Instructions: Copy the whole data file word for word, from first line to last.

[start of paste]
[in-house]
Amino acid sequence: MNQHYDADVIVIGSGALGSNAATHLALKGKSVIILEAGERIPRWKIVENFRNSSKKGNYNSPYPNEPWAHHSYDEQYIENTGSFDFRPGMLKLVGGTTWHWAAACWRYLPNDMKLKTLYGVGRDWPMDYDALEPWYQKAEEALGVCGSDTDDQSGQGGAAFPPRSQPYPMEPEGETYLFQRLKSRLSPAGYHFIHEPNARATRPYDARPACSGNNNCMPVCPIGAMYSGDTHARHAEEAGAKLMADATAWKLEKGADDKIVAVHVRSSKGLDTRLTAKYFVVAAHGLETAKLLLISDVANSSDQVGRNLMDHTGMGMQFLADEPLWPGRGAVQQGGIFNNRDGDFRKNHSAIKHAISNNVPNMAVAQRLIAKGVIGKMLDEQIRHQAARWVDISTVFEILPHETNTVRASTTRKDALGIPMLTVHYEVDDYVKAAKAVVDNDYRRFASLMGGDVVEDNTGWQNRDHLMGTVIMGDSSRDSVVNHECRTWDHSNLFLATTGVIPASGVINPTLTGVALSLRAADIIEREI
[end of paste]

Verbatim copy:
[in-house]
Amino acid sequence: MNQHYDADVIVIGSGALGSNAATHLALKGKSVIILEAGERIPRWKIVENFRNSSKKGNYNSPYPNEPWAHHSYDEQYIENTGSFDFRPGMLKLVGGTTWHWAAACWRYLPNDMKLKTLYGVGRDWPMDYDALEPWYQKAEEALGVCGSDTDDQSGQGGAAFPPRSQPYPMEPEGETYLFQRLKSRLSPAGYHFIHEPNARATRPYDARPACSGNNNCMPVCPIGAMYSGDTHARHAEEAGAKLMADATAWKLEKGADDKIVAVHVRSSKGLDTRLTAKYFVVAAHGLETAKLLLISDVANSSDQVGRNLMDHTGMGMQFLADEPLWPGRGAVQQGGIFNNRDGDFRKNHSAIKHAISNNVPNMAVAQRLIAKGVIGKMLDEQIRHQAARWVDISTVFEILPHETNTVRASTTRKDALGIPMLTVHYEVDDYVKAAKAVVDNDYRRFASLMGGDVVEDNTGWQNRDHLMGTVIMGDSSRDSVVNHECRTWDHSNLFLATTGVIPASGVINPTLTGVALSLRAADIIEREI